Maximize wellbore coverage in carbonate reservoir acid stimulation operations with fiber-enhanced diversion pills.
To restore the performance of an injection well through a chalk reservoir with average bottomhole temperature near 70 degF [21 degC], the operator needed an economical means of ensuring complete stimulation of the long (500-ft), heterogeneous interval with the smallest possible volume of acid.
Diverters such as rock salt and nitrogen foam have long been used to divert stimulation fluids from high-permeability reservoir segments for more uniform coverage of long intervals. For the North Sea wells, rock salt dissolved too quickly, resulting in little or no pressure response indicating diversion. Diversion with nitrogen foam was inconsistent and required specialized equipment that limited its application. A third alternative, a low-temperature polylactic acid (PLA) diverter, is not optimal for these conditions because it dissolves slowly at lower temperatures.
OpenPath Sequence diversion stimulation service integrates modeling, near-wellbore diversion, and a fluid system to suit reservoir conditions, type of completion, and treatment requirements. The diversion system uses composite pills engineered to address specific challenges—including ultralow bottomhole temperatures that prevent complete dissolution of conventional diverters.
Delivered from the Island Centurion stimulation vessel, the stimulation treatment comprised 1,800 bbl of low-pH crosslinked gel and 1,300 bbl of 28% HCl pumped over five cycles with four pills of the ultralow-temperature diverter. Each diverter pill generated sustained bottomhole pressure increase and diversion pressure spikes of 300 to 700 psi.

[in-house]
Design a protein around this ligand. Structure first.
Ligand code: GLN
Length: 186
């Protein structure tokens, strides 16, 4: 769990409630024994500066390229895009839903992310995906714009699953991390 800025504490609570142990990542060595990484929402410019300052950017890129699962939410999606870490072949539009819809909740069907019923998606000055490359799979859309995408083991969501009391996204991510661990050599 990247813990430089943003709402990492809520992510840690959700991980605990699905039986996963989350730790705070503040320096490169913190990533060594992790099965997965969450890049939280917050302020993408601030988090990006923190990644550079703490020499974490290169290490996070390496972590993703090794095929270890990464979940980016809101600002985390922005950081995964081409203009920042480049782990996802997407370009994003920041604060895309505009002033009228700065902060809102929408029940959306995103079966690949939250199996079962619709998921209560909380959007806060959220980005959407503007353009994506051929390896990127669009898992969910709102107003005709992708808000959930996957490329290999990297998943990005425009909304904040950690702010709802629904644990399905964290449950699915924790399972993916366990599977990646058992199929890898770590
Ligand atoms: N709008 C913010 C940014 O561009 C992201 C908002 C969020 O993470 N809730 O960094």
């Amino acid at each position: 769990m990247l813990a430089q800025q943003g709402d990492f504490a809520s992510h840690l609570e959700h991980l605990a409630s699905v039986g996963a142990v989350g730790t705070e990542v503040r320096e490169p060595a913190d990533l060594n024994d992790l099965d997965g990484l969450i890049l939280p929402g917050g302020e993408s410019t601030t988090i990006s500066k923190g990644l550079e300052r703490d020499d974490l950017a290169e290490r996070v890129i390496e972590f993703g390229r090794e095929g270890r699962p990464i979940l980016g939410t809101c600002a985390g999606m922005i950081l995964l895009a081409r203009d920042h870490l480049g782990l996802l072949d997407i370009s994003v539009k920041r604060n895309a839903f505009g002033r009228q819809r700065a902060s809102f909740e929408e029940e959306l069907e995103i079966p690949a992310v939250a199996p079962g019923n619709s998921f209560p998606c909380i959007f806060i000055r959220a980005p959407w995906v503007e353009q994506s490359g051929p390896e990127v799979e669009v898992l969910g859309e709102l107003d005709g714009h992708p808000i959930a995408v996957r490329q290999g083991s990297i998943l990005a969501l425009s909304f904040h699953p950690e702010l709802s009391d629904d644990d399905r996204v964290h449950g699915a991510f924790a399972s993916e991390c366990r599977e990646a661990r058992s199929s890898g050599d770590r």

Before stimulation, the first target well’s water injection rate was 5,000 bbl/d. After stimulation, the well was brought online with an initial water injection rate of 15,000 bbl/d, which stabilized at 11,500 bbl/d. The treatment was calculated to have improved relative stimulation efficiency† by more than 200% as compared with six earlier treatments using rock salt. The efficiency of the ultralow-temperature diverter indicated that its more complete diversion enabled the acid stimulation fluid to reach more of the perforated interval. No specialized equipment was required, and the well was returned to injection rapidly after treatment.
Additional details of the case are presented in OTC paper 31246.
† Relative stimulation efficiency is a measure of the volume of acid pumped per foot of perforated interval per barrel of injection or production improvement.
To uniformly stimulate a long interval in a North Sea injection well, an operator used efficient technology that diverts acid stimulation fluid and then dissolves rapidly, even in an ultralow-temperature reservoir.